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410                  MODERN   GERMAN  LITERATURE

action again passes in occupied territory; the prodigal son, Stipe,
is away fighting with the insurgents in the maquis; he is the
youngest of three brothers. The time is Christmas Eve and Christ-
mas Day; and in the opening scene the Christmas candles are lit
and the festive table laid, with a vacant seat for any guest who
may come. Will it be Stipe? There is also religious symbolism
which points forward to the mysticism of the following two plays;
Marja (Mary), the wife of one of the brothers, gives birth to a son
in the stable while the house is burning, and as the play ends she
sets out, supported by Stipe, who has returned, to join the maquis
(once again, by way of allusion, the flight into Egypt). The two
following plays, Pilatus (1949) and Caesars Witm (1953) together
with Kalypso (1942) are published together under the title Olymp
und Golgotha. Trikgie einer Weltmnde (1954), to indicate that the
.motive which is common to all three, a crisis in the worship of
gods or of a god, signifies a more revolutionary change in the
seventy-seven years from the murder of Caesar to Golgotha than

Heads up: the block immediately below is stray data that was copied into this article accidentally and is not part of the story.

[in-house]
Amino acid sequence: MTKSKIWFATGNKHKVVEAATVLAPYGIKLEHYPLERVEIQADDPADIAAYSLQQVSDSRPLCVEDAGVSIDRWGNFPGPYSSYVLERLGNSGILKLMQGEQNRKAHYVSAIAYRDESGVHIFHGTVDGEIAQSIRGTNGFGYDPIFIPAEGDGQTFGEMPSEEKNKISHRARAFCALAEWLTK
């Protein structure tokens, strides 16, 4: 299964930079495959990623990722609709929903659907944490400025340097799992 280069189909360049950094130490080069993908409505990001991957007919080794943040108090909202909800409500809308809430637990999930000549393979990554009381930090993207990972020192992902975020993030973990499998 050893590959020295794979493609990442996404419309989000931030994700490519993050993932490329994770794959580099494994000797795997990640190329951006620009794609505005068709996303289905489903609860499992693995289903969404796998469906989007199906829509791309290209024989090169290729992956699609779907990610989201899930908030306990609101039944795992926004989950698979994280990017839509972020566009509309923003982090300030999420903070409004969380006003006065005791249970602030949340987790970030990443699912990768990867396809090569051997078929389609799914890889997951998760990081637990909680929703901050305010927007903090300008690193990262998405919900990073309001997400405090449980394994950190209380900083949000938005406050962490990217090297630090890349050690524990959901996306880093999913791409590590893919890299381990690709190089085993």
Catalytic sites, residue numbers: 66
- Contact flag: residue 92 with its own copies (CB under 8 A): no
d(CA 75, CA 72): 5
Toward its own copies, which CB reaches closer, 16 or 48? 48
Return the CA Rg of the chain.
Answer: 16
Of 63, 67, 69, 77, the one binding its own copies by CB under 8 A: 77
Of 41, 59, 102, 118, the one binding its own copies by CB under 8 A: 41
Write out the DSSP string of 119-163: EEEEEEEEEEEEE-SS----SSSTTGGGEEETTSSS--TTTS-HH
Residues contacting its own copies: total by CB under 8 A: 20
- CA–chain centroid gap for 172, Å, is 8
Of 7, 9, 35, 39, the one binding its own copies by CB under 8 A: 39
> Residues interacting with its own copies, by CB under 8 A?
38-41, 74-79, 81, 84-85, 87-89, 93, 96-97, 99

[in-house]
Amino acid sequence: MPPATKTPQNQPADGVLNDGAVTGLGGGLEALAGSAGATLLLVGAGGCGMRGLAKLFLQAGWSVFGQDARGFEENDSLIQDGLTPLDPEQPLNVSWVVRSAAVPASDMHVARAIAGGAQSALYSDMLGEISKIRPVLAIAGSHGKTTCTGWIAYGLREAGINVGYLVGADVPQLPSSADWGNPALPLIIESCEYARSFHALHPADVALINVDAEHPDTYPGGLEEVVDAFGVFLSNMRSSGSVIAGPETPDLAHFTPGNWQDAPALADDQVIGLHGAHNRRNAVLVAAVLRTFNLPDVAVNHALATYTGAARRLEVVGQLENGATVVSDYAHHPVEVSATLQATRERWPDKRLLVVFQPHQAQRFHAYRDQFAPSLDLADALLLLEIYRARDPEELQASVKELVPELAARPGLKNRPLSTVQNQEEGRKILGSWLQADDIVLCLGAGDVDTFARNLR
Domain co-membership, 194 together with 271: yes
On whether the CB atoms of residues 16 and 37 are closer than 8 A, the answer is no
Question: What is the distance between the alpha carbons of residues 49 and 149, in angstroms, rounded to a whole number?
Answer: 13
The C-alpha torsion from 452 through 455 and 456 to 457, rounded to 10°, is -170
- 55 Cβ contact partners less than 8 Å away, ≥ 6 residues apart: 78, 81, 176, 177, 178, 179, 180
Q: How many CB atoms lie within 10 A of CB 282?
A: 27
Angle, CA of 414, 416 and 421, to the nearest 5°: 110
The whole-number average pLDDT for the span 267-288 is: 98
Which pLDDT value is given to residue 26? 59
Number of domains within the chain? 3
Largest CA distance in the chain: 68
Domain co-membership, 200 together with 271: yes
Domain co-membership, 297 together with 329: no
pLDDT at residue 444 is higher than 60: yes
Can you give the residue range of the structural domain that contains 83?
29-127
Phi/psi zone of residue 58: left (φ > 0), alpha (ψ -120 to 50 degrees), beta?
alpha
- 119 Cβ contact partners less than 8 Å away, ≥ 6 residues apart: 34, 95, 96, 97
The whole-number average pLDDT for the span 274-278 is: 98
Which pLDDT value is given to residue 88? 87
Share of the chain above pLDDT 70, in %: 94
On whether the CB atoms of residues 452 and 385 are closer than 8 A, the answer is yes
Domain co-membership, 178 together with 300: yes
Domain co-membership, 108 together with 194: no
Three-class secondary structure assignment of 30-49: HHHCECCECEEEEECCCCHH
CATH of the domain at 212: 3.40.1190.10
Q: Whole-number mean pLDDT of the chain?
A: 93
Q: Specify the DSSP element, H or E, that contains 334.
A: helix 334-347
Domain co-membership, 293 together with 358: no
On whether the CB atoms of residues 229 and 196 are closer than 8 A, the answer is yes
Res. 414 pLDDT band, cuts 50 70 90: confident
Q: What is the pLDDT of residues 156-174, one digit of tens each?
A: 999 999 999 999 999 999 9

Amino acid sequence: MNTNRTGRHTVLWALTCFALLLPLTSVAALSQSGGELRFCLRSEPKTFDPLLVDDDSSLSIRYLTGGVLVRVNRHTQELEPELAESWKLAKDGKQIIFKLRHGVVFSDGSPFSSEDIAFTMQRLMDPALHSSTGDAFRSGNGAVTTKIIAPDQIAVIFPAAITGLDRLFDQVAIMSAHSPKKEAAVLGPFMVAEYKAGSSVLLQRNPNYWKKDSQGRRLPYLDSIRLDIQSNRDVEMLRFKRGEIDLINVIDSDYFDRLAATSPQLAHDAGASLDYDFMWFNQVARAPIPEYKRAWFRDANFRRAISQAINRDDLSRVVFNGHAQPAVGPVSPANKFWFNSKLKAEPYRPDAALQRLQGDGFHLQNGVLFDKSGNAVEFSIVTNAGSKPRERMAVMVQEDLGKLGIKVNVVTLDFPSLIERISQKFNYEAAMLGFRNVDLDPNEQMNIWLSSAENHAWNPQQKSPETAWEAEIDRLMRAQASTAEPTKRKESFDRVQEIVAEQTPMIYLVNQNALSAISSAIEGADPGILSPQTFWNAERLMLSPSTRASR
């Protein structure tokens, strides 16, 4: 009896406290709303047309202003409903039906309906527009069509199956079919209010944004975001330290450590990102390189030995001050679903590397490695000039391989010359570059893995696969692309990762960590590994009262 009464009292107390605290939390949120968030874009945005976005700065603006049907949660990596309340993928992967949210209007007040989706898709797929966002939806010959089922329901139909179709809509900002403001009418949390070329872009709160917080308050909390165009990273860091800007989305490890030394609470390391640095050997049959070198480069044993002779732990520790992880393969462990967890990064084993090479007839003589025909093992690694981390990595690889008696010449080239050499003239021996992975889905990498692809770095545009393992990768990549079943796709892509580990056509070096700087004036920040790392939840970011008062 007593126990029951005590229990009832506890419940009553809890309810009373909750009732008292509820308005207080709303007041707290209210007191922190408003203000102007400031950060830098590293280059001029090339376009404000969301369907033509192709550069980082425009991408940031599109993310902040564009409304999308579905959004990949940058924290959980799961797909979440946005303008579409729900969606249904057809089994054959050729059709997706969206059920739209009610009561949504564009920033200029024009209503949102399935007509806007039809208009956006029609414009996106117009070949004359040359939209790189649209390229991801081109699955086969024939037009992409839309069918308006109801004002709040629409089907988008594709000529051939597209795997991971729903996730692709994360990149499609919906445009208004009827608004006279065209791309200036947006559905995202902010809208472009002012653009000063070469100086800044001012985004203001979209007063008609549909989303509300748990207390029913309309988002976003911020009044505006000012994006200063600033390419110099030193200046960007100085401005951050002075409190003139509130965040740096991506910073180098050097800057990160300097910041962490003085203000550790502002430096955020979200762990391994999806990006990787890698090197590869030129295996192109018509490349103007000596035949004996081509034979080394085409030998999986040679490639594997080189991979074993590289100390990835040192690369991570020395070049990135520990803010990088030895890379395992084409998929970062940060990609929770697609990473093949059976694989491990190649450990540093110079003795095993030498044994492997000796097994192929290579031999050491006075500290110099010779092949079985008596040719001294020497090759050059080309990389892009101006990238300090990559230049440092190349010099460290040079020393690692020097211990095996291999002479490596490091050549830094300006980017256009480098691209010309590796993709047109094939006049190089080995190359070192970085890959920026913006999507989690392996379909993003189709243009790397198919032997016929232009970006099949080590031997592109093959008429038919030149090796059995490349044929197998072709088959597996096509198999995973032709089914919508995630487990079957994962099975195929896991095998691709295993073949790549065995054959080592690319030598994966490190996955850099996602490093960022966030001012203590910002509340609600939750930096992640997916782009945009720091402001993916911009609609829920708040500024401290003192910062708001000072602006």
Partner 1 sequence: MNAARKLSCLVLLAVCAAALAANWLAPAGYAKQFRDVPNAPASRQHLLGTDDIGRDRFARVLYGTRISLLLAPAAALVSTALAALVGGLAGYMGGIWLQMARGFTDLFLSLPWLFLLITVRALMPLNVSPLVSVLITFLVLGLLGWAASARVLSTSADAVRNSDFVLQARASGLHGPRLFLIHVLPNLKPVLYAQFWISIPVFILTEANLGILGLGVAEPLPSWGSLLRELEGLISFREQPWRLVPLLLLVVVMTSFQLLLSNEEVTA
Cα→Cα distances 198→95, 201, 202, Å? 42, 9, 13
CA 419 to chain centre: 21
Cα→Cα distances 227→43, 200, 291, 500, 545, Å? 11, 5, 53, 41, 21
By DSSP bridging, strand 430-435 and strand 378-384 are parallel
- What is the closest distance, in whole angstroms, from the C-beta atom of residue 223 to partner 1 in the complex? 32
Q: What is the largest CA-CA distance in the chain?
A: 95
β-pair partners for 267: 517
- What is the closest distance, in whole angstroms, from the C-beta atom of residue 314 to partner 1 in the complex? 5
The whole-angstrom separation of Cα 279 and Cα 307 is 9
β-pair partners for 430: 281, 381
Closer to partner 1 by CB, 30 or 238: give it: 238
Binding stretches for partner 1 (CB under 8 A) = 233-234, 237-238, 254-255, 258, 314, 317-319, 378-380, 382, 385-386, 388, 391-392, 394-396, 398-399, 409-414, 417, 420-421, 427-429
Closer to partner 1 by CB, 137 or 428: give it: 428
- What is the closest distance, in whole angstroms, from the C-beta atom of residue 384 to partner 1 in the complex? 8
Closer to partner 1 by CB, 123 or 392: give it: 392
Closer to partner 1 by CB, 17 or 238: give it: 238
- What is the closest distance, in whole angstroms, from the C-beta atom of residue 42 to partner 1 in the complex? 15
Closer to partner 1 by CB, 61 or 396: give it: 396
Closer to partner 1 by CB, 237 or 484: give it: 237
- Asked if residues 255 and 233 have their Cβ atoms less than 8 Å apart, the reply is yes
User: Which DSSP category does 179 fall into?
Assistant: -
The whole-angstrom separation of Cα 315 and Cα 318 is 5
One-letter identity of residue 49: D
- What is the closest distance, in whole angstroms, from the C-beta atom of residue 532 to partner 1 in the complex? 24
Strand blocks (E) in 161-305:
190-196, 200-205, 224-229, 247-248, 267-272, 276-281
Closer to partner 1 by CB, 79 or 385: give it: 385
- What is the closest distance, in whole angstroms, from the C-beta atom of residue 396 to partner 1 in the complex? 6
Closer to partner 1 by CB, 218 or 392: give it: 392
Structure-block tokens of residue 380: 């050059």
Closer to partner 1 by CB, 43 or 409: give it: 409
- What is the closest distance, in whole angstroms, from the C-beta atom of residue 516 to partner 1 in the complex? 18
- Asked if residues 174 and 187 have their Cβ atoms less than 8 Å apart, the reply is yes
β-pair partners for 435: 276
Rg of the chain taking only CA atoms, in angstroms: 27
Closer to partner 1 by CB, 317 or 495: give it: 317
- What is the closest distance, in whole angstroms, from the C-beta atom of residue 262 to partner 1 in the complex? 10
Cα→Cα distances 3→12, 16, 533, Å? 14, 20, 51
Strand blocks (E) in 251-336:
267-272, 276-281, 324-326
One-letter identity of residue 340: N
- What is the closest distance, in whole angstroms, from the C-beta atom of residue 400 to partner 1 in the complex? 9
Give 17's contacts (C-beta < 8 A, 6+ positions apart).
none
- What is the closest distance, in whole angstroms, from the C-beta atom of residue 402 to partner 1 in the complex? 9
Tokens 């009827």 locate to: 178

that between 1914 and 194 5 which motivates the European trilogy.
Of the other plays Die Weibermfihle (1931) continues the old Vien-
nese Zauberstiick', Gottes General (1939) with its illumination of the
religious experiences of Ignatius de Loyola lays bare also Csokor's
own religious faith. The Doppelbodigkeit which is somewhat glar-
ingly on the surface in the Weltmnde plays makes up the action of
the novel Der ScUussel <%um Abgrund (1955). It falls into twelve
chapters with twelve interludes (Interment) intervening; each
interlude lights up something which is happening elsewhere at
the same time as the apparently unrelated event narrated in the
foregoing chapter, the idea being 'doss suh kein Geschehen der Welt
ohm ^eitverhaftete l&e^iehung <%ur gesamten geistesgeschichtlichen Lage voll-
^ieht\ Here we have an attempt to expand and deepen the range
of the modern novel, The raw event is the symptom of mental or
spiritual stirrings which occur elsewhere, which change the face
of the world, and which recur through the space of time; thus,
while the Anabaptists lash out in Miinster, Henry VIII sends Anne
Boleyn to the scaffold, because she does not bear him a son - but
her daughter will be England's greatest monarch; Paracelsus dis-
covers a new interpretation of illness as proceeding from the mind
- a concept related ^eitverhaftef} to what we now call psycho-
analysis; the Anabaptists and the Lutherans have their fling, but
Ignatius de Loyola allots the earth to his Society of Jesus. Csokor's